Investing in stocks and bonds and having adequate insurance coverage is essential to any comprehensive wealth accumulation plan. The stock market has historically grown at a faster rate than inflation. So why do so many people have such poor results in their portfolios?
Stock markets are cyclical. When one category of securities falls (such as large US company stocks) investors get nervous and make an emotional decision to move to another category that may be moving up at the time, (such as government bonds, for example). We instinctively want to move away from what seems painful. The mistake is that your investments often don’t respond the way you hope from this type of behavior.
In actuality, if you keep moving your investment from one type of security to another, it will erode the potential return because it will likely be in a market that will experience a down turn when the original US company stocks experience its next big move up! Truth is, no one really knows which sector will bring the best results and jumping around rarely produces positive results. Patience does.
It seems logical to pick mutual funds and other managed investments by how well they have performed in the past. It feels comfortable and looking at the data gives us the sense that we can predict how it will perform in the future.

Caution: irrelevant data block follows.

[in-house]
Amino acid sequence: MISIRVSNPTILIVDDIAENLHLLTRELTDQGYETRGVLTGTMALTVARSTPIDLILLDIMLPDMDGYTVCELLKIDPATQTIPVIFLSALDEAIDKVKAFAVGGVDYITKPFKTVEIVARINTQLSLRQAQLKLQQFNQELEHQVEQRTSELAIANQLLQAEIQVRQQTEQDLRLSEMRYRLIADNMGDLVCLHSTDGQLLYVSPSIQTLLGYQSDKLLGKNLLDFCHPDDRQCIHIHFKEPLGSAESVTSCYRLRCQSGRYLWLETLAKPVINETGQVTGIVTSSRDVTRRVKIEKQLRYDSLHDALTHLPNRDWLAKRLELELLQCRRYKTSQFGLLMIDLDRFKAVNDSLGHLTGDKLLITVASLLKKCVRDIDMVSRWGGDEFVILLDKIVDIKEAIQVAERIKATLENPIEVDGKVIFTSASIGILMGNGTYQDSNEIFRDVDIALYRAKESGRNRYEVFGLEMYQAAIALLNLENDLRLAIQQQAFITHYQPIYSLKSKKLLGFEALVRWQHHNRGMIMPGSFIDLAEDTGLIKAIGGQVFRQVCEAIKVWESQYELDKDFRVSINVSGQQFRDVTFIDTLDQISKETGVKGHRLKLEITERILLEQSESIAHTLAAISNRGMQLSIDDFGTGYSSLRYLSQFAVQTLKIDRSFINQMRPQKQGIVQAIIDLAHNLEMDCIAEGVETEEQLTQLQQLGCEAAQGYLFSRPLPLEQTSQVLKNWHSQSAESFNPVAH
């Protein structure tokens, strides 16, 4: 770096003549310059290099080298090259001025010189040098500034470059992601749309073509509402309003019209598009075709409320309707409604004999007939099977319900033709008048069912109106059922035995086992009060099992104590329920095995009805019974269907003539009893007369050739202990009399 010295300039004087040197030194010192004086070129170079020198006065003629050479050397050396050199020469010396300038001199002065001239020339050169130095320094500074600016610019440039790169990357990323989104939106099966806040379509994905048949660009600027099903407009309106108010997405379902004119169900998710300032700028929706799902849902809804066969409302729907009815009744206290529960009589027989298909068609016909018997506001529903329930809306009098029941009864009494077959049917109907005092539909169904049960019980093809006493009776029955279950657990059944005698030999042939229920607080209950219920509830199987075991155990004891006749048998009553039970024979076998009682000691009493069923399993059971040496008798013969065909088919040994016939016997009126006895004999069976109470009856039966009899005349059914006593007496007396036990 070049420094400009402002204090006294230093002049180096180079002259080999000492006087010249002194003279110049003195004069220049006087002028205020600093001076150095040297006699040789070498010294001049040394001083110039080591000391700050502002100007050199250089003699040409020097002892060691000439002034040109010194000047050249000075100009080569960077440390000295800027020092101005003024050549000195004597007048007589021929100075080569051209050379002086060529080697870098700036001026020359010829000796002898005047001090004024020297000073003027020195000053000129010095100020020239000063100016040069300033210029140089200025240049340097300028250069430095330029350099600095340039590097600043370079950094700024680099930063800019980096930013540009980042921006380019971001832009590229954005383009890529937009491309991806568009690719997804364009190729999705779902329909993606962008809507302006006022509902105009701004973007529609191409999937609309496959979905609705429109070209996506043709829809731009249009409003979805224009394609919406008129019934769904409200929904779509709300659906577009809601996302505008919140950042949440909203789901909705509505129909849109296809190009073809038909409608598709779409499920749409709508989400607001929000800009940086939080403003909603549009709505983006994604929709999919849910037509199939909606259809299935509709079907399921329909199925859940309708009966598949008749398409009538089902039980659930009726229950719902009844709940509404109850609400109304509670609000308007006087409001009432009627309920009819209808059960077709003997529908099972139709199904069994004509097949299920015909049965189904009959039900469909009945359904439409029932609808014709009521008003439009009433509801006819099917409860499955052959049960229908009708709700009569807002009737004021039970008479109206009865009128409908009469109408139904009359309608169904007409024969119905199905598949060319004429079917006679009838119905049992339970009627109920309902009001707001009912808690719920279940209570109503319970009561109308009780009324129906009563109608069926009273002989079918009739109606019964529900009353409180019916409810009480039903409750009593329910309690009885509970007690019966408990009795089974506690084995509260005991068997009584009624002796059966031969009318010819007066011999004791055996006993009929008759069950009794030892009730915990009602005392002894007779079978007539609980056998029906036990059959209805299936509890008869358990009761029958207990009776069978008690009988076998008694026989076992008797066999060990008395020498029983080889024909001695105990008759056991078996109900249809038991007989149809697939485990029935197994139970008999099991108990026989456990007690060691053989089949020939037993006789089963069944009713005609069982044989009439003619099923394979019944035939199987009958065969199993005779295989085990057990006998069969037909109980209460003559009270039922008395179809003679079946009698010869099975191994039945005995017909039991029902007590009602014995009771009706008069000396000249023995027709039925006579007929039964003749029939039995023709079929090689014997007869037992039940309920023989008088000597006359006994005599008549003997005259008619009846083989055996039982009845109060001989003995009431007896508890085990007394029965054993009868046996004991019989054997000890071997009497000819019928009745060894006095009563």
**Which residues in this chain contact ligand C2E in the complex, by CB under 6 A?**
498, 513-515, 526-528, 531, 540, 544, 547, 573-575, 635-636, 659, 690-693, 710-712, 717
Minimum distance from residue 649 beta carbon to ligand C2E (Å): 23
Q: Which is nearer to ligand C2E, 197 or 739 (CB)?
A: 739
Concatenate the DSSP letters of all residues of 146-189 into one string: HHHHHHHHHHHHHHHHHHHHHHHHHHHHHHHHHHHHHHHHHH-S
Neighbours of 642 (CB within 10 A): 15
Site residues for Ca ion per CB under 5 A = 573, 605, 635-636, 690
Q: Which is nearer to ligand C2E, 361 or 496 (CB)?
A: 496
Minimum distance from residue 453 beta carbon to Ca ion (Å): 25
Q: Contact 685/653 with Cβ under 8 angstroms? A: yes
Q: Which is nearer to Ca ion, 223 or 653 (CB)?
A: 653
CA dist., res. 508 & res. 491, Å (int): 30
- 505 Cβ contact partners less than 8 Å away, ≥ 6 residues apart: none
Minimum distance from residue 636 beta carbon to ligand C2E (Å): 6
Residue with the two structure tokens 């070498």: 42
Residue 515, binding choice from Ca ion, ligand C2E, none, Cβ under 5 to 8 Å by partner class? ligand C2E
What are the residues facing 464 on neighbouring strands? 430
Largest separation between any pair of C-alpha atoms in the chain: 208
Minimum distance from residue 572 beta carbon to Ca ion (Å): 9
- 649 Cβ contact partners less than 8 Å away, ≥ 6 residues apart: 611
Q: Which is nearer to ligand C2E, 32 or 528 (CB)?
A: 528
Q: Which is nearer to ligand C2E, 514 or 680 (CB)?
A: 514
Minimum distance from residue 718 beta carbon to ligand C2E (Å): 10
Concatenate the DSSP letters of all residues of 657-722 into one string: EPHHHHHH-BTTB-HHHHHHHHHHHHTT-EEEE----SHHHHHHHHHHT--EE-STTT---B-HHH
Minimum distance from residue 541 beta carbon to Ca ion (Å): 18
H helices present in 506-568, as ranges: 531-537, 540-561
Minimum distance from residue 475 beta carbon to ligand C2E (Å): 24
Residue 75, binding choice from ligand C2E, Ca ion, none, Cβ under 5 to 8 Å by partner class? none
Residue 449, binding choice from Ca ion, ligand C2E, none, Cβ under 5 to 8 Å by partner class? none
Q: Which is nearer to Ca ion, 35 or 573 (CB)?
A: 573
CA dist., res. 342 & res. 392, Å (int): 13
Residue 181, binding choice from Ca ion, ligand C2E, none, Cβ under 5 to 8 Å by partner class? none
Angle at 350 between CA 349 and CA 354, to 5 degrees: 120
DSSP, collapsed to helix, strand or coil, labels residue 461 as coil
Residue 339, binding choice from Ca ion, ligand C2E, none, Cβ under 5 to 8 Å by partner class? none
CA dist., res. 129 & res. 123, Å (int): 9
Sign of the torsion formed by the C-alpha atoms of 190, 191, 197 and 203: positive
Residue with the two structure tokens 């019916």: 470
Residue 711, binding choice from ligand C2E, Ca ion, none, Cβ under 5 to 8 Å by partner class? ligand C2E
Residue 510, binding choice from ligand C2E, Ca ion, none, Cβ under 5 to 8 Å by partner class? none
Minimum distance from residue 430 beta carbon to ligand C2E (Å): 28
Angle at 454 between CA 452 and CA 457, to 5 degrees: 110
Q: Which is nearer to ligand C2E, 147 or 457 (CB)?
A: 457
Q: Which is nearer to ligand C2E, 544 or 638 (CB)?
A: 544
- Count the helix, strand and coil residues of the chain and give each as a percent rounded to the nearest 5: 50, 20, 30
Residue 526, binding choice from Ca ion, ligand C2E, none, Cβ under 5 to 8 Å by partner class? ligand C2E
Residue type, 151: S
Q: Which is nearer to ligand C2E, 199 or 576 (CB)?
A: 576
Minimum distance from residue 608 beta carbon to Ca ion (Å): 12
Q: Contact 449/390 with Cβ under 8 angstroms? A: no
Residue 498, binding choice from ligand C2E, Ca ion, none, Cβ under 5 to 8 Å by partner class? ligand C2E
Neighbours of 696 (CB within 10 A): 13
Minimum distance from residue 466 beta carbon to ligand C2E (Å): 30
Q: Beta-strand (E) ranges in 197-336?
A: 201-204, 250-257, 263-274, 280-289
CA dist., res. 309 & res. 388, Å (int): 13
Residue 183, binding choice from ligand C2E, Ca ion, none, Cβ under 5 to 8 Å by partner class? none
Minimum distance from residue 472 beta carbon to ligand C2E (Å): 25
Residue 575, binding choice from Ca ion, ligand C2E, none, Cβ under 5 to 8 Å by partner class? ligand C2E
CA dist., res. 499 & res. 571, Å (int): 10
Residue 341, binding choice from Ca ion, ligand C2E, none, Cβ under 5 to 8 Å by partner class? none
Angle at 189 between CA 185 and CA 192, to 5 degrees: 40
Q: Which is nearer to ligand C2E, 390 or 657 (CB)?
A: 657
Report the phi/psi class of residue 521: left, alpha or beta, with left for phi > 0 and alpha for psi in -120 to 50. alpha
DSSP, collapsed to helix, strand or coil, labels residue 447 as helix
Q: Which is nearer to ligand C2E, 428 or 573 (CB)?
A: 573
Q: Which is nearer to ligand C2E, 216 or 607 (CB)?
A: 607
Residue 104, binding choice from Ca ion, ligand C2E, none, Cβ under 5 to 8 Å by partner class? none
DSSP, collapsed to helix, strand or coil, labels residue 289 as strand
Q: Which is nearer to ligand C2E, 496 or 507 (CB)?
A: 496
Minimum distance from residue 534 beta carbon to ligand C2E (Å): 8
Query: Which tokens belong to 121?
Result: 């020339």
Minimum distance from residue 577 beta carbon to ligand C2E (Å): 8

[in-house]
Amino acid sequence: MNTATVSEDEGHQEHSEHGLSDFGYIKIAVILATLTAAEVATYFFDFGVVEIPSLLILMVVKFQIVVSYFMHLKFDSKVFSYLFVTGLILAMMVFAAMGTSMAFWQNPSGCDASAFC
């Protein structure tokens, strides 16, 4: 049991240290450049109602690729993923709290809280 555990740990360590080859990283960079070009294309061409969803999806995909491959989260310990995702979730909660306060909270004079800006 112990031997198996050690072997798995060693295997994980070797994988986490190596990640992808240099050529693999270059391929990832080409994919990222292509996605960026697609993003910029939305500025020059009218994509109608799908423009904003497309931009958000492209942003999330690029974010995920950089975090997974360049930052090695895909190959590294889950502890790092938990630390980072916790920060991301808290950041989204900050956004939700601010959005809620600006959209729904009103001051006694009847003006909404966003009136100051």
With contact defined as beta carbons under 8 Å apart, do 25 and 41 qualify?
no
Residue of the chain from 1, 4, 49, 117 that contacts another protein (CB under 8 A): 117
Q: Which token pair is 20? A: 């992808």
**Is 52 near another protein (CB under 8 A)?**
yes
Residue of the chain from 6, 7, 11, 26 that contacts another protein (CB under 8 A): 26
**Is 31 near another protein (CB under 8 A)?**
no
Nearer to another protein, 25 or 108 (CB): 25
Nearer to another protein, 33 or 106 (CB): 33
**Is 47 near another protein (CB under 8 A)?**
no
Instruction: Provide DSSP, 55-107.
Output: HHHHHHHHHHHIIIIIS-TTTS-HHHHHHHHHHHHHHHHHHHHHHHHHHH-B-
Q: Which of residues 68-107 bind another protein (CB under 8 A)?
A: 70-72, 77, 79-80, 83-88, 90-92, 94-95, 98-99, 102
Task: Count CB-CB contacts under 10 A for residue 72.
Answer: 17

Truth is, predicting future performance based on past performance has created loads of unhappy investors. Studies show the vast majority of funds DO NOT out-perform the market. Picking 100 or 150 stocks out of a stock market that has thousands of choices results in a very small chance of outperforming the broader market returns.
LACK OF DIVERSIFICATION
If you have 10 different mutual funds you may think you have good diversification. After all, you hold so many different funds, right?
Maybe not. These funds could have the same individual stocks in them, which means duplication – plus, there could be gaps in the portfolio – and the next good return is in a category you don’t even own! The next cyclical downturn in stocks could weigh heavily on your portfolio if you aren’t balanced among several markets.